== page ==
Traditionally, Guyana’s hinterland regions faced several disadvantages in early childhood education compared to coastal areas. These remote regions suffered from a lack of appropriate learning materials in schools. Teachers were required to improvise using what was donated by parents, community groups and NGOs or make their own. Therefore, learning materials were frequently not aligned with the curriculum, nor available when needed.
The lack of trained teachers also posed a challenge: in 2011-2012, 53% of early childhood education (ECE) teachers in hinterland areas were untrained. Even among trained teachers, their instructional methods didn’t follow best practices; many of them were unaware of how play can stimulate cognitive thinking and develop social and motor skills just as much as learning letters and numbers.
Moreover, these regions had the highest poverty rates in the country. While quality ECE is essential to all children, the most disadvantaged and vulnerable children benefit the most.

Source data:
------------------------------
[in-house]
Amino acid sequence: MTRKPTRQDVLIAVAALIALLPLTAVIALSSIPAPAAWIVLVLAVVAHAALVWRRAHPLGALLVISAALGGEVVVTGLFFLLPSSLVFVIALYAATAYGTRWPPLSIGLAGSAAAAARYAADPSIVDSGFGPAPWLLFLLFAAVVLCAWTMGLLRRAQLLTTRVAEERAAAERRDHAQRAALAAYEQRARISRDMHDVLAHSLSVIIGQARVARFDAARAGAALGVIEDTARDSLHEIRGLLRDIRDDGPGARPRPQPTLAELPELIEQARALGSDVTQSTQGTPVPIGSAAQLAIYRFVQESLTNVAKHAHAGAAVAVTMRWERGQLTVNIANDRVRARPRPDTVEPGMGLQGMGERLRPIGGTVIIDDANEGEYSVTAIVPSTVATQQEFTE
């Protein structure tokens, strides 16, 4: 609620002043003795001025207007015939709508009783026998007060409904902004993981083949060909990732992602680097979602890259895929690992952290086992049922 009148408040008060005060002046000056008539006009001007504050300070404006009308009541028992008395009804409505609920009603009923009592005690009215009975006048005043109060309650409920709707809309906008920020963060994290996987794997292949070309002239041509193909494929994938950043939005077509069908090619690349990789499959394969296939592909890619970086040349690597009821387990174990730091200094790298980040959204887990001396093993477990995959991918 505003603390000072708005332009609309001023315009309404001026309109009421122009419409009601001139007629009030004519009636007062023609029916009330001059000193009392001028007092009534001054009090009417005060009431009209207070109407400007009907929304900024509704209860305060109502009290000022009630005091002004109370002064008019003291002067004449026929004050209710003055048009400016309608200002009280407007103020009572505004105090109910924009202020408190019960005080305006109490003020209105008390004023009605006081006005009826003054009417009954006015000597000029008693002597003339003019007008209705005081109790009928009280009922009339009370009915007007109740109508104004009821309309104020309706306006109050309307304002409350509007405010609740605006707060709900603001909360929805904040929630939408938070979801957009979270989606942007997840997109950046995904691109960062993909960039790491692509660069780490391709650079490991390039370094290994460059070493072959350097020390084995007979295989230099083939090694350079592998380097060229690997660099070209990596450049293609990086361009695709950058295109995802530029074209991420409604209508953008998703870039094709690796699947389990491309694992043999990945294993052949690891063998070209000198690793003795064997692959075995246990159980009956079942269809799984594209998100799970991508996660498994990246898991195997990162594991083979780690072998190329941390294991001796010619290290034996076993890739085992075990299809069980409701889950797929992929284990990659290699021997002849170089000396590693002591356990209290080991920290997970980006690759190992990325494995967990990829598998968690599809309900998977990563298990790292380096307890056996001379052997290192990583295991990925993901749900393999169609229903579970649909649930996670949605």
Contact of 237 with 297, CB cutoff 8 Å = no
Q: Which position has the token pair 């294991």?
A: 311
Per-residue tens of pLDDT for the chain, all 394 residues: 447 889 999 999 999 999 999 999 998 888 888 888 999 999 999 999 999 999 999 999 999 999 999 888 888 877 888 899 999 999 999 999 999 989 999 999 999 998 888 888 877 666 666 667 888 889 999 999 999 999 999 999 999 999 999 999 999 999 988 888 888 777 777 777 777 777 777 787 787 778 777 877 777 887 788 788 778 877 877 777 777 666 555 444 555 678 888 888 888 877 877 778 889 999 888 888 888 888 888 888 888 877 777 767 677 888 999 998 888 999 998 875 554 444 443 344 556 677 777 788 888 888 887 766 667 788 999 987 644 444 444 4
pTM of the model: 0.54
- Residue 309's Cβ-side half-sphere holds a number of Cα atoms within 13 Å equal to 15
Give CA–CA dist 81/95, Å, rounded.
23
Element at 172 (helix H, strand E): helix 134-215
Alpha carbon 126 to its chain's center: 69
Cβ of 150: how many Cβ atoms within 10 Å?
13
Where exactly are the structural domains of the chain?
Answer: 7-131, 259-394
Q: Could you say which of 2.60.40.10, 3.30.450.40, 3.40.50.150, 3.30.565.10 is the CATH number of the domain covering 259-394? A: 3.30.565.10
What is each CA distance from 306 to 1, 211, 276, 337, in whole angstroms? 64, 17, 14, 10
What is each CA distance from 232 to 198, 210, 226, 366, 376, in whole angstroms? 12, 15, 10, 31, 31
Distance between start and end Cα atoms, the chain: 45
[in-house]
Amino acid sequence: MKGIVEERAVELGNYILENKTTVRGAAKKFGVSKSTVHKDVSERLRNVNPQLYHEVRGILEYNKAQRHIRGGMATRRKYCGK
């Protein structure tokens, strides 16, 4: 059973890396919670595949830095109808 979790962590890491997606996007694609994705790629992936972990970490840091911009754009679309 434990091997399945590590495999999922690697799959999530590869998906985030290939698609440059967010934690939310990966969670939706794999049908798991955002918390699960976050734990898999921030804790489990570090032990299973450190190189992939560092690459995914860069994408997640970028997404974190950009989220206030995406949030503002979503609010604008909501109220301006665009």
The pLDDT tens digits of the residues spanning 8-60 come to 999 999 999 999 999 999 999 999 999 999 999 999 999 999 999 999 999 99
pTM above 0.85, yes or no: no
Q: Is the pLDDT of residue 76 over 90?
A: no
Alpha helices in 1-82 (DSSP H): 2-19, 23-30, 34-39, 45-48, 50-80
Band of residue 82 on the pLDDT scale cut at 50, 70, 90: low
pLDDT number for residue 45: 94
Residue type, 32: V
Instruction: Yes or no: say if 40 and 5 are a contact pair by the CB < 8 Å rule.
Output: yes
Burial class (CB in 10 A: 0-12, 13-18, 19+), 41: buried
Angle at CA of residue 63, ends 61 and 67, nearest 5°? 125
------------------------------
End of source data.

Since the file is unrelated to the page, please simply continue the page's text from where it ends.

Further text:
The combination of poverty, inadequate teaching practices and the lack of appropriate learning materials had a negative effect on learning outcomes.
In 2013, the ministry of Education (MoE) administered a diagnostic assessment to more than 700 children entering grade 1 in hinterland areas. The findings were alarming: approximately 60% of children had not mastered pre-requisite skills for reading, and less than 10% could demonstrate any understanding of text. Additionally, 40% showed very little or no ability to identify any numbers from 1 to 10.